fall off


fall off
fall off
to decline or diminish. •

Business falls off during the summer months.

My interest in school fell off when I became twenty.

* * *
See: DROP OFF(4).

Dictionary of American idioms. 2013.

Synonyms:

Look at other dictionaries:

  • fall off — See: DROP OFF(4) …   Dictionary of American idioms

  • fall off — intransitive verb Date: 1613 1. trend 1b 2. of a ship to deviate to leeward of the point to which the bow was directed …   New Collegiate Dictionary

  • fall off the wagon — {v. phr.}, {slang}, {alcoholism and drug culture} To return to the consumption of an addictive, such as alcohol or drugs, after a period of abstinence. * /Poor Joe has fallen off the wagon again he is completely incoherent today./ …   Dictionary of American idioms

  • fall off the wagon — {v. phr.}, {slang}, {alcoholism and drug culture} To return to the consumption of an addictive, such as alcohol or drugs, after a period of abstinence. * /Poor Joe has fallen off the wagon again he is completely incoherent today./ …   Dictionary of American idioms

  • To fall off — Fall Fall (f[add]l), v. i. [imp. {Fell} (f[e^]l); p. p. {Fallen} (f[add]l n); p. pr. & vb. n. {Falling}.] [AS. feallan; akin to D. vallen, OS. & OHG. fallan, G. fallen, Icel. Falla, Sw. falla, Dan. falde, Lith. pulti, L. fallere to deceive, Gr.… …   The Collaborative International Dictionary of English

  • To fall off — Off Off ([o^]f; 115), adv. [OE. of, orig. the same word as R. of, prep., AS. of, adv. & prep. [root]194. See {Of}.] In a general sense, denoting from or away from; as: [1913 Webster] 1. Denoting distance or separation; as, the house is a mile off …   The Collaborative International Dictionary of English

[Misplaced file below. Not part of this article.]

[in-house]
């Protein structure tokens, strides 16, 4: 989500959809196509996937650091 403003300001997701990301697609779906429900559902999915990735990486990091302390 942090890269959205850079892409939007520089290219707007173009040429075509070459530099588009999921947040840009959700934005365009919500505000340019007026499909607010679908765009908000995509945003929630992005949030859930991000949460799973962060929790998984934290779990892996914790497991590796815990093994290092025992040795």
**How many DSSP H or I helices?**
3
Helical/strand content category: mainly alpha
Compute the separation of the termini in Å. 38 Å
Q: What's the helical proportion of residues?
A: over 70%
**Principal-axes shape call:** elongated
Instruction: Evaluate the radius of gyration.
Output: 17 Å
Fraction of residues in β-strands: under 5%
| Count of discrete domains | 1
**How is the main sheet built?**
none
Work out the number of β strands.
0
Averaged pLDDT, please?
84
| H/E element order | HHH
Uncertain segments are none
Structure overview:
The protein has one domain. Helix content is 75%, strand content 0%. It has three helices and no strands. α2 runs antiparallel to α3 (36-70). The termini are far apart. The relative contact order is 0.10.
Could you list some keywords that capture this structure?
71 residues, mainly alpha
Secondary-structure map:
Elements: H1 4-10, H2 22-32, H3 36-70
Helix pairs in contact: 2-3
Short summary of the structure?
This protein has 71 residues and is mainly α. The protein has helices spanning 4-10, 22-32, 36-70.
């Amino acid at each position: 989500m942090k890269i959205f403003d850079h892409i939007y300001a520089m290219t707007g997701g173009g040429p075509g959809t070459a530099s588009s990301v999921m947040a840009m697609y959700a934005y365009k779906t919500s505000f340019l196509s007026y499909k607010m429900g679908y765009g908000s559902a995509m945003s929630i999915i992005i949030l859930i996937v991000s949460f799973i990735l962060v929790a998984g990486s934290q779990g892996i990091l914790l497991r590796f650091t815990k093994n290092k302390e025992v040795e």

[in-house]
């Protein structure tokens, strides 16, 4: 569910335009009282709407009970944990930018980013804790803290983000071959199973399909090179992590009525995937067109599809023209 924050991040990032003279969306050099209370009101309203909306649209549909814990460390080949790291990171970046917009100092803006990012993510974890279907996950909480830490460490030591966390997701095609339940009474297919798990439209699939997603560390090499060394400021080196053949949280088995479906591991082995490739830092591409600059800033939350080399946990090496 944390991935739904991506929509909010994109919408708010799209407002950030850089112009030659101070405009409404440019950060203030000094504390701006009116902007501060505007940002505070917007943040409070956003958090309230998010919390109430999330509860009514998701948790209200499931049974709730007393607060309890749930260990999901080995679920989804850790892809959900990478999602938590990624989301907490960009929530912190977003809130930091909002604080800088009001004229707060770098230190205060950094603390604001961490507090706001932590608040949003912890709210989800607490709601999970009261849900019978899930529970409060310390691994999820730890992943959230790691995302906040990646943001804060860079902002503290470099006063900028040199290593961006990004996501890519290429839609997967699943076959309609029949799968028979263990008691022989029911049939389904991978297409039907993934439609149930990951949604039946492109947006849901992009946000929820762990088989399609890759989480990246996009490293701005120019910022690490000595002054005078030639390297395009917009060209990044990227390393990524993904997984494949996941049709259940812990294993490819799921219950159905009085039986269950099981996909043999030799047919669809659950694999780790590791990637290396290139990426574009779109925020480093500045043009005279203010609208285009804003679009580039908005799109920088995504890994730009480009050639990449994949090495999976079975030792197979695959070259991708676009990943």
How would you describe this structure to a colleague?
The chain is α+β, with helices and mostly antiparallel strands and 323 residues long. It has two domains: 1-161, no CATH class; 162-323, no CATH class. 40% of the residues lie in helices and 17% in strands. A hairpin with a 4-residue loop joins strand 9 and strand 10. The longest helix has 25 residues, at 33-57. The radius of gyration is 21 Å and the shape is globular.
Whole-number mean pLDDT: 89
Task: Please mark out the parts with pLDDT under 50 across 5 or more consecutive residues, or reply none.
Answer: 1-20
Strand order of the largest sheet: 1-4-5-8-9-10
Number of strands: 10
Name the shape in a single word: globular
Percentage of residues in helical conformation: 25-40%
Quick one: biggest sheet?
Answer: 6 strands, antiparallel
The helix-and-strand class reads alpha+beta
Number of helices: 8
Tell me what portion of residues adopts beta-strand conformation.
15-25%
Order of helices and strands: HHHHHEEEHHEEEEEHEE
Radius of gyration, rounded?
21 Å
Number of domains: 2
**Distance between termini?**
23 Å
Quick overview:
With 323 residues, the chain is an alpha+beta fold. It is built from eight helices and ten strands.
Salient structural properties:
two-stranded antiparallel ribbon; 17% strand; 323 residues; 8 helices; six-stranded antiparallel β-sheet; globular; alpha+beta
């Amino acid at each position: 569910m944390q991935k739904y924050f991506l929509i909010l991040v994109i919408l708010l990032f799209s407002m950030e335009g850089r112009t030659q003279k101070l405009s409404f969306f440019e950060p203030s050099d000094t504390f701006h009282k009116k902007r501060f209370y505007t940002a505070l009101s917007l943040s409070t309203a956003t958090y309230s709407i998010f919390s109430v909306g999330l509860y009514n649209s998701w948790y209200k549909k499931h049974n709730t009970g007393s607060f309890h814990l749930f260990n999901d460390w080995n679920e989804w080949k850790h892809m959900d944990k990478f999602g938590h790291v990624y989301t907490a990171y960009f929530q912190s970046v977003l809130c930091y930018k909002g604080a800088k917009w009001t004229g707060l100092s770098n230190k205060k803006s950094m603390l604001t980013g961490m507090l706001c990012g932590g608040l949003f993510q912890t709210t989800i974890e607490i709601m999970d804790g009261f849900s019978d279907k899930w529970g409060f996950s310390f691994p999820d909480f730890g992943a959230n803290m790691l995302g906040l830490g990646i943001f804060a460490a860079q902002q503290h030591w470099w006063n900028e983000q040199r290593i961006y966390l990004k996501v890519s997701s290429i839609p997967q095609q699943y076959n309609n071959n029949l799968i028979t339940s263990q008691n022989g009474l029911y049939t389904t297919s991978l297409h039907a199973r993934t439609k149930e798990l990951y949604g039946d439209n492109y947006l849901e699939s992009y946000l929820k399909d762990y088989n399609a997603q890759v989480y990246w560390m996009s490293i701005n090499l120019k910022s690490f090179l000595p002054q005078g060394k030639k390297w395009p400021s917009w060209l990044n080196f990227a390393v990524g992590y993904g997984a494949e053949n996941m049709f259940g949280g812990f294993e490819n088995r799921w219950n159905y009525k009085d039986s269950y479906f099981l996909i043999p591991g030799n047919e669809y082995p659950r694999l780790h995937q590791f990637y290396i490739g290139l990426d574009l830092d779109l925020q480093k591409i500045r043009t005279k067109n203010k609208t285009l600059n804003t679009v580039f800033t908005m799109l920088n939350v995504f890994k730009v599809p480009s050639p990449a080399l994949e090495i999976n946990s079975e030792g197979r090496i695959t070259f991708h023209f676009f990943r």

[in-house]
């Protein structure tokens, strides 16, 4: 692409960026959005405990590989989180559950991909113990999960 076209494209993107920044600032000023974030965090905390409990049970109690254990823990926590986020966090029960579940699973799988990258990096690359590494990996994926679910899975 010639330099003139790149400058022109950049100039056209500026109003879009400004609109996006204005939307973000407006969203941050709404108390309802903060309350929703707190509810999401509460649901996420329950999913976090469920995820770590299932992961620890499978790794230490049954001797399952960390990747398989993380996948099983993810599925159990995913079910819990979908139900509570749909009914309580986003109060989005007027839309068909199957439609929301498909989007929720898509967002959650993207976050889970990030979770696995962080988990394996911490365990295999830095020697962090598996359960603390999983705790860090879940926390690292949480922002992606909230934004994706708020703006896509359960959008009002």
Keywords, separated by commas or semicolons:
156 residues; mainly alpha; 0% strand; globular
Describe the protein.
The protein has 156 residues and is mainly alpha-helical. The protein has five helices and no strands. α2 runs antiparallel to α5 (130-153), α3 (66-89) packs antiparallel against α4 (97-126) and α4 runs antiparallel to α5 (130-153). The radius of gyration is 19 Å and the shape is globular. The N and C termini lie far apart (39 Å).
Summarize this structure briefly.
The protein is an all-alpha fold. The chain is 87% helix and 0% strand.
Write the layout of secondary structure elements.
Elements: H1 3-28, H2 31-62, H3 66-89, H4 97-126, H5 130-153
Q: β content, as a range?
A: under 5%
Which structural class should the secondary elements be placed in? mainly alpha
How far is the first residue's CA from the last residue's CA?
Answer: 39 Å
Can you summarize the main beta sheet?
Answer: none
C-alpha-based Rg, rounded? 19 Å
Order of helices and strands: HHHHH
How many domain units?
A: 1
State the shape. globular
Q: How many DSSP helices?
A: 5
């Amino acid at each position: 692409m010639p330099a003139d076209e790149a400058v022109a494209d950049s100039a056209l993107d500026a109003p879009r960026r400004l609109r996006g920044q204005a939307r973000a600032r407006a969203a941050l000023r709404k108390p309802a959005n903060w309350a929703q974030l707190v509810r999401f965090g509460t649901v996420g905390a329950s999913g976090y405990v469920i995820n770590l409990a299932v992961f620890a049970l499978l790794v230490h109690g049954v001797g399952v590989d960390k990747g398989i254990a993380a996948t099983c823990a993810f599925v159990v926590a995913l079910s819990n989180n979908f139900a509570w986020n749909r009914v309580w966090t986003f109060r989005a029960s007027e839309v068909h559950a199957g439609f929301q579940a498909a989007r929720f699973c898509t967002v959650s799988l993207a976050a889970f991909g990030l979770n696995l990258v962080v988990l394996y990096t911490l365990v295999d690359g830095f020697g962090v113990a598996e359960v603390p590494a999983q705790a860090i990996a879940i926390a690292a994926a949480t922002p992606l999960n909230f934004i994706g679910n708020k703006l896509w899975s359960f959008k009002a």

• Fall — (f[add]l), v. i. [imp. {Fell} (f[e^]l); p. p. {Fallen} (f[add]l n); p. pr. & vb. n. {Falling}.] [AS. feallan; akin to D. vallen, OS. & OHG. fallan, G. fallen, Icel. Falla, Sw. falla, Dan. falde, Lith. pulti, L. fallere to deceive, Gr. sfa llein… …   The Collaborative International Dictionary of English

  • Off — ([o^]f; 115), adv. [OE. of, orig. the same word as R. of, prep., AS. of, adv. & prep. [root]194. See {Of}.] In a general sense, denoting from or away from; as: [1913 Webster] 1. Denoting distance or separation; as, the house is a mile off. [1913… …   The Collaborative International Dictionary of English

  • Off and on — Off Off ([o^]f; 115), adv. [OE. of, orig. the same word as R. of, prep., AS. of, adv. & prep. [root]194. See {Of}.] In a general sense, denoting from or away from; as: [1913 Webster] 1. Denoting distance or separation; as, the house is a mile off …   The Collaborative International Dictionary of English

  • off the wagon — {adj. phr.}, {slang} No longer refusing to drink whiskey or other alcoholic beverages; drinking liquor again, after stopping for a while. * /When a heavy drinker quits he must really quit. One little drink of whiskey is enough to drive him off… …   Dictionary of American idioms


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